CA11: Ptf had no REP in workplace computer, even with personal iPhone backed up on it

Plaintiff had no reasonable expectation of privacy in her workplace computer from a search by the employer during an audit of her time off related to a second job instigated after a discrimination complaint. The fact she backed her iPhone up to the workplace computer doesn’t change the calculus. Otherwise, the district court erred in finding that there was no retaliation because of the timing and circumstances of the complaint and then the search. Smith v. Pelham, 2021 U.S. App. LEXIS 36591 (11th Cir. Dec. 10, 2021).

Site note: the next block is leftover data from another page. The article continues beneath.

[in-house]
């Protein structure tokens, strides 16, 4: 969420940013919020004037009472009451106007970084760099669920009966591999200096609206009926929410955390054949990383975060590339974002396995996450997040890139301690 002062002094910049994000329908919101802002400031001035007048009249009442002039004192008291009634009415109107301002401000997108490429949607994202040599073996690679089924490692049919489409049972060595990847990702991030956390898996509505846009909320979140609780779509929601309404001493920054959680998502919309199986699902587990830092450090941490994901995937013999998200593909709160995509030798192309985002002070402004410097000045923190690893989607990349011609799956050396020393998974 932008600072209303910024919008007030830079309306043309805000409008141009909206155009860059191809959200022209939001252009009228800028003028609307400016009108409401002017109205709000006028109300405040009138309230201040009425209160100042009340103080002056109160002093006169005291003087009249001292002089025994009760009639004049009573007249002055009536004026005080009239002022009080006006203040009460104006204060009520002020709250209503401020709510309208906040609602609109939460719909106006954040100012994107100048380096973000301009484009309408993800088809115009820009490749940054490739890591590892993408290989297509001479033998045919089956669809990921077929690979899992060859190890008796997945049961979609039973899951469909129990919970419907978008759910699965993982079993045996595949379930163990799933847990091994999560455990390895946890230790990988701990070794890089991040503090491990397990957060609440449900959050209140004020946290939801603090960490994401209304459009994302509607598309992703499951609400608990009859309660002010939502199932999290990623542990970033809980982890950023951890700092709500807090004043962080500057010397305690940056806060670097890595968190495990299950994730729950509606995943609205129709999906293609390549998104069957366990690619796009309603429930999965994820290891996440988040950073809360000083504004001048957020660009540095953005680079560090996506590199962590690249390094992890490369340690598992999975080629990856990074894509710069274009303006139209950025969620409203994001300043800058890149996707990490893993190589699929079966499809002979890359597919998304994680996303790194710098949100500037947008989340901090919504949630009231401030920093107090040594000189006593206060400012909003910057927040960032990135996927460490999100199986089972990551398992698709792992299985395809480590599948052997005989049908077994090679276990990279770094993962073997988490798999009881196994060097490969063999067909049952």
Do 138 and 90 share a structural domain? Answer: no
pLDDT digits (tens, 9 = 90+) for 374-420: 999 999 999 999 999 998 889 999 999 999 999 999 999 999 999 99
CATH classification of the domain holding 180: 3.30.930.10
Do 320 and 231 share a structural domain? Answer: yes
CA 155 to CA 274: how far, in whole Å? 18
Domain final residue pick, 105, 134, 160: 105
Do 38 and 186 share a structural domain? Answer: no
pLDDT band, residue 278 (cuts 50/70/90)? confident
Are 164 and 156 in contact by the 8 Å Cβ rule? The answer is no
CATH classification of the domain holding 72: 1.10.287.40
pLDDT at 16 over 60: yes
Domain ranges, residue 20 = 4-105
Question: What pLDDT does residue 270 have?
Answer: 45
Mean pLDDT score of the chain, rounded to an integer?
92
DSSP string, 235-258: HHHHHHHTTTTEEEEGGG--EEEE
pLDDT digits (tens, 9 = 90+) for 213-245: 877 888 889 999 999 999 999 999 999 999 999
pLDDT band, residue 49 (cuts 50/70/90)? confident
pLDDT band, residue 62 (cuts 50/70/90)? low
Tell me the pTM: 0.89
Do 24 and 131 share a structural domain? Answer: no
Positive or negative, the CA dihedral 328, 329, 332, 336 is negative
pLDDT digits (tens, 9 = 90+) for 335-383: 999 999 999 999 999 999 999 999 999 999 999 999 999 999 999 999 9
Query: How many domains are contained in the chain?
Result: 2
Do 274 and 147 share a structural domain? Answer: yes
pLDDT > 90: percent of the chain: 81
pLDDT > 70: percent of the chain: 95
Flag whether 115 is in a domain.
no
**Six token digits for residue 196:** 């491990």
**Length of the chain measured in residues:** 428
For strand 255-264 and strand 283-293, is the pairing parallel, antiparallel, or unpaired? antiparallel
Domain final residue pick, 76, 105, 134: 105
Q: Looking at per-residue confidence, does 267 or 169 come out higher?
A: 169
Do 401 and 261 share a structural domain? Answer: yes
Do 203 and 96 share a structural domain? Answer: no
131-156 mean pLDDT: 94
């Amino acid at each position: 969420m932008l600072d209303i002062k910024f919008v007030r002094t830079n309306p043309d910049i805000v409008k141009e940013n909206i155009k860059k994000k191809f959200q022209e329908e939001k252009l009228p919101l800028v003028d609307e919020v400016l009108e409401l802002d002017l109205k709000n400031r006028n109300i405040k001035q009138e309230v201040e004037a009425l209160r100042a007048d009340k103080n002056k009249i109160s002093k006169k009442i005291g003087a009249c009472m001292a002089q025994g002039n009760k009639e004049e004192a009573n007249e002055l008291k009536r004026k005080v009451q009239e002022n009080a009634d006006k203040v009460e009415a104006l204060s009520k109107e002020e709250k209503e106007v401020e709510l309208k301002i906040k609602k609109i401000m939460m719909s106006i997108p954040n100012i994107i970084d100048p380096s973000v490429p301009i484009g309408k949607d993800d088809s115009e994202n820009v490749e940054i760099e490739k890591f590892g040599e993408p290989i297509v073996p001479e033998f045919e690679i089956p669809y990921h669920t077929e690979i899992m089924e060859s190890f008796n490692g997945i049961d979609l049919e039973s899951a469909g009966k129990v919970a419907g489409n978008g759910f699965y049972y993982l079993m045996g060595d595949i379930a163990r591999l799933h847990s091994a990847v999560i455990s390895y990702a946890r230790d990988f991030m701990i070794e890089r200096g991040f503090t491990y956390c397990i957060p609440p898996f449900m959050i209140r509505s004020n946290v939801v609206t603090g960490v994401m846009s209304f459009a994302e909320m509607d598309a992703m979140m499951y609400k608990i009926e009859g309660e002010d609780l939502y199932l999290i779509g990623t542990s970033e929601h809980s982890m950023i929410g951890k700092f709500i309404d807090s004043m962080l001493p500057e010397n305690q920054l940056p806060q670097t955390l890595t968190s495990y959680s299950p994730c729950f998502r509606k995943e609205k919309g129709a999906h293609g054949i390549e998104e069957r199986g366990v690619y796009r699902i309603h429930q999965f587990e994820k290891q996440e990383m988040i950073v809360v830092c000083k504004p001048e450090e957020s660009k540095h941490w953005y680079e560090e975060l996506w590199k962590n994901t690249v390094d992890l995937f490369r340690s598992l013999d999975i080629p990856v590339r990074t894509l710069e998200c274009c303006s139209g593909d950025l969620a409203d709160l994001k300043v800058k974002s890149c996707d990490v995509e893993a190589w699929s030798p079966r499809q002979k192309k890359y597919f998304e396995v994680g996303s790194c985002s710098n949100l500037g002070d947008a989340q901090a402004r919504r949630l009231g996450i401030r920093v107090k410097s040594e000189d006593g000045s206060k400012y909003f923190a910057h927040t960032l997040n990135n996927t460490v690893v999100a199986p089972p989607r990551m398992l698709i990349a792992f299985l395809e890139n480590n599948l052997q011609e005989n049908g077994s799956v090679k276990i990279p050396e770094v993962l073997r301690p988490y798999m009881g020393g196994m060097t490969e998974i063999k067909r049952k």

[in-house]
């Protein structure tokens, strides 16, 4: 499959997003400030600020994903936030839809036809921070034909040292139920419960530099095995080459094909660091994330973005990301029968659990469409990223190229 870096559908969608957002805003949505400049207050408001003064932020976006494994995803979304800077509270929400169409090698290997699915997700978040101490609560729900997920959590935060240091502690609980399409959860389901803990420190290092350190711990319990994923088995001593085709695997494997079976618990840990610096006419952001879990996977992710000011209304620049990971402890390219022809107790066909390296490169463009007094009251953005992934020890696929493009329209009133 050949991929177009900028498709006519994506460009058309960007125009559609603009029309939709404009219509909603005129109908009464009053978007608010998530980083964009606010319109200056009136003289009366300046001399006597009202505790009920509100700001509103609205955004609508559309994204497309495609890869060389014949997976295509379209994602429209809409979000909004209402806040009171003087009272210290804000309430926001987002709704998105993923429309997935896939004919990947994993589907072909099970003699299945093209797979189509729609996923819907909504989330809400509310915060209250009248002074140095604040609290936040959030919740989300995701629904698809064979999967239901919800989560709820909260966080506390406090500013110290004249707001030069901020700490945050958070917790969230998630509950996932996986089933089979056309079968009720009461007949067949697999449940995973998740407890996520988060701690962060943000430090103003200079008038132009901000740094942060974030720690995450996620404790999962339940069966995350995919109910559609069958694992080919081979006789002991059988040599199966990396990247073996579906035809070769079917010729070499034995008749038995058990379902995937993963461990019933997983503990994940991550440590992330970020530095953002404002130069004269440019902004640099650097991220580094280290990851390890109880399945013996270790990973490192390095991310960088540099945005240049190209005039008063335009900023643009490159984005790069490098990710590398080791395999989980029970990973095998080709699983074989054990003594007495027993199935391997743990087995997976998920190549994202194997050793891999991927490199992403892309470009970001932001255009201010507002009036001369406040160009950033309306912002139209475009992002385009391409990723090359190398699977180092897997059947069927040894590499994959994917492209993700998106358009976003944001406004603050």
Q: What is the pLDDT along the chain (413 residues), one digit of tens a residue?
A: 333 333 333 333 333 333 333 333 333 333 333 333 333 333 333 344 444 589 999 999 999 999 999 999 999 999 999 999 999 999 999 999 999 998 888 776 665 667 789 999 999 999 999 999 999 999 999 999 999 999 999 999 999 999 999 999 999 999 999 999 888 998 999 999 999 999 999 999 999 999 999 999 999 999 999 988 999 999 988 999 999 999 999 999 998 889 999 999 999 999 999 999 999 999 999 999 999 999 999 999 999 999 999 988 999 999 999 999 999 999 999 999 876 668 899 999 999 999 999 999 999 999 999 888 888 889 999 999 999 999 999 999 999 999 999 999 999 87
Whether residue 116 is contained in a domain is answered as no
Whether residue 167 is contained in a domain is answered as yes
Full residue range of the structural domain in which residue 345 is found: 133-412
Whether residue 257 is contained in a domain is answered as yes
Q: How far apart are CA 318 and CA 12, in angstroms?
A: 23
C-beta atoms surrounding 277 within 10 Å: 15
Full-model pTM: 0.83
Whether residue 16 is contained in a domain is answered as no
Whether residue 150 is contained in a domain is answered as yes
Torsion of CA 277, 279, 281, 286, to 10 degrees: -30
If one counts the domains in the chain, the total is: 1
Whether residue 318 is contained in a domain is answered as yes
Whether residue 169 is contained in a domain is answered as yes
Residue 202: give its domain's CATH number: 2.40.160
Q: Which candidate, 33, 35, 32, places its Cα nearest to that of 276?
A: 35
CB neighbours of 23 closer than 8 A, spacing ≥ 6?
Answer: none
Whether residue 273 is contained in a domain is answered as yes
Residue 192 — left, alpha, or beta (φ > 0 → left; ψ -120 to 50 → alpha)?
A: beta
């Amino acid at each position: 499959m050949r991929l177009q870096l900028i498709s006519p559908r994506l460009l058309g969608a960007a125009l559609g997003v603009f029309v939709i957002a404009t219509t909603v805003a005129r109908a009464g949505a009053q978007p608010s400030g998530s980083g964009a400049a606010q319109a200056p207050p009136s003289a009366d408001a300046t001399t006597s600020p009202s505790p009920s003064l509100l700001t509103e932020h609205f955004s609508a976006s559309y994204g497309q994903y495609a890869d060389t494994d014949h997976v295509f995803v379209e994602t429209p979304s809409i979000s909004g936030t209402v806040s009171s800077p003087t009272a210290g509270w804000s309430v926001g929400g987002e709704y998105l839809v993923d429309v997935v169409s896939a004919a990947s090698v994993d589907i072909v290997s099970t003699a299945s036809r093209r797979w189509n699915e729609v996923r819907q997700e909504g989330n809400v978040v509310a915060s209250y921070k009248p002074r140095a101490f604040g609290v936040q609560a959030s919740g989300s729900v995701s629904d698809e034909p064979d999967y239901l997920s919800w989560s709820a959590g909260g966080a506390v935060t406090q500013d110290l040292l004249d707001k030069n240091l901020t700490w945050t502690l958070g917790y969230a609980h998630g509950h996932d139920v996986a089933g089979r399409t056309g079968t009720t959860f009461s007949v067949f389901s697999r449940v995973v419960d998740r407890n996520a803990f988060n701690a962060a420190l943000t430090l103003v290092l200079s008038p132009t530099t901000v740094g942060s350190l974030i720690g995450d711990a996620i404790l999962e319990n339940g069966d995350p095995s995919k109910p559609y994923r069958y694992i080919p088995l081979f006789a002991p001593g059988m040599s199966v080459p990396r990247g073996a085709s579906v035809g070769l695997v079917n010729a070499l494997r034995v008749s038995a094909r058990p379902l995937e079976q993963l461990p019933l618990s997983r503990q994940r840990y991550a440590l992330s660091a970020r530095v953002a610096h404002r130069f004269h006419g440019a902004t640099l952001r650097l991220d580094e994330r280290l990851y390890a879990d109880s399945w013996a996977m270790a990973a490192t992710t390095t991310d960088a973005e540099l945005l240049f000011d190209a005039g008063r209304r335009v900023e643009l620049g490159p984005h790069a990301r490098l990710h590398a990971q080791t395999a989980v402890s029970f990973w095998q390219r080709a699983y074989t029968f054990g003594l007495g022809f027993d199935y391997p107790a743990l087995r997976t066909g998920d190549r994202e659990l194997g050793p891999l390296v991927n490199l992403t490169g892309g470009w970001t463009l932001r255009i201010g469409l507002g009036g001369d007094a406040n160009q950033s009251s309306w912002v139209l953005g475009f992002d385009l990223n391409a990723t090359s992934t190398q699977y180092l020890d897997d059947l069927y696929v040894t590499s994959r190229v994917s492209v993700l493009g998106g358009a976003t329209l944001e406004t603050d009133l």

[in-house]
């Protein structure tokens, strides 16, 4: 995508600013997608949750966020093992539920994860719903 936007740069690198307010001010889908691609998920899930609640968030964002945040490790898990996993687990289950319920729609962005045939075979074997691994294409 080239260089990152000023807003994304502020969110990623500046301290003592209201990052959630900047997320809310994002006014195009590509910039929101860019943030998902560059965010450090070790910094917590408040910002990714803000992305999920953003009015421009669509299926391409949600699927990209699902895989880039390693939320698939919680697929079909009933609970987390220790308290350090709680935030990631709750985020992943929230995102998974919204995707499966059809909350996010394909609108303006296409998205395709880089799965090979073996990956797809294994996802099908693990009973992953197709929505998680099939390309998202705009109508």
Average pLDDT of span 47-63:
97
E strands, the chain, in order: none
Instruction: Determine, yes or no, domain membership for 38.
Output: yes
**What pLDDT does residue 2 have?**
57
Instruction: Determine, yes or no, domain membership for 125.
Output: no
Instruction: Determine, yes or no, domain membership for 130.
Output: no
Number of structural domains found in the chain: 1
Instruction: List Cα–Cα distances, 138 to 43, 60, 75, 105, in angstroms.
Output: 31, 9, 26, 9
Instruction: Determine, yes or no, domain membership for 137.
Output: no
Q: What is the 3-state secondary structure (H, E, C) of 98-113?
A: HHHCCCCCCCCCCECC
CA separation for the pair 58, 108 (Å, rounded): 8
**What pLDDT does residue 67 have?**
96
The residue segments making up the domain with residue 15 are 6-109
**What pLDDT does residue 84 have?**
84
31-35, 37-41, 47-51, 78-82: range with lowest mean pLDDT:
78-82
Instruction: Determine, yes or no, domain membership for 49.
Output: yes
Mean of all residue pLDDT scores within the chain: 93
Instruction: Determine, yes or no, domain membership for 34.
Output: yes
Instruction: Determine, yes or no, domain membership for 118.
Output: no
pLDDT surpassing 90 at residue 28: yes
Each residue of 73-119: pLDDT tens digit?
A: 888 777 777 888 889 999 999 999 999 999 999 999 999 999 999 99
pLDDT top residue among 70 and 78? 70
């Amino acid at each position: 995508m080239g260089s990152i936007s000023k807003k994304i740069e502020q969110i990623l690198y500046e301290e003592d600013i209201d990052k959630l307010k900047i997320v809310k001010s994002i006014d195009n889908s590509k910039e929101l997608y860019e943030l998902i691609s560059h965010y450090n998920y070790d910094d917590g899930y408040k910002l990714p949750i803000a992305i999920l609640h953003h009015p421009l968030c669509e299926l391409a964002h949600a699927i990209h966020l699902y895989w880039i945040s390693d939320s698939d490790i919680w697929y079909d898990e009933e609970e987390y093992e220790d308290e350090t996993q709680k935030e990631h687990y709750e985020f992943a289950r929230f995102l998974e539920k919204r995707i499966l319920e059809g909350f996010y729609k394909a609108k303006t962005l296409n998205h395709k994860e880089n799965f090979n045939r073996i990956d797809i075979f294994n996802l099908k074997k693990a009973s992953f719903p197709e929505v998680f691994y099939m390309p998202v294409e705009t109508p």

There was no omission of material information in the affidavit for this search warrant about defendant’s alleged support of a terrorist organization. There was still probable cause, and defendant’s claim is more of a trial issue. United States v. Saab, 2021 U.S. Dist. LEXIS 237277 (S.D.N.Y. Dec. 10, 2021).*

The fact other persons residing in the house had their property searched under the search warrant for defendant’s property didn’t justify blanket suppression of evidence. Moreover, he doesn’t have standing to contest their individual searches. United States v. Sharp, 2021 U.S. Dist. LEXIS 237484 (E.D.N.C. Dec. 13, 2021).*

This entry was posted in Computer and cloud searches, Franks doctrine, Overseizure, Reasonable expectation of privacy, Standing. Bookmark the permalink.

Comments are closed.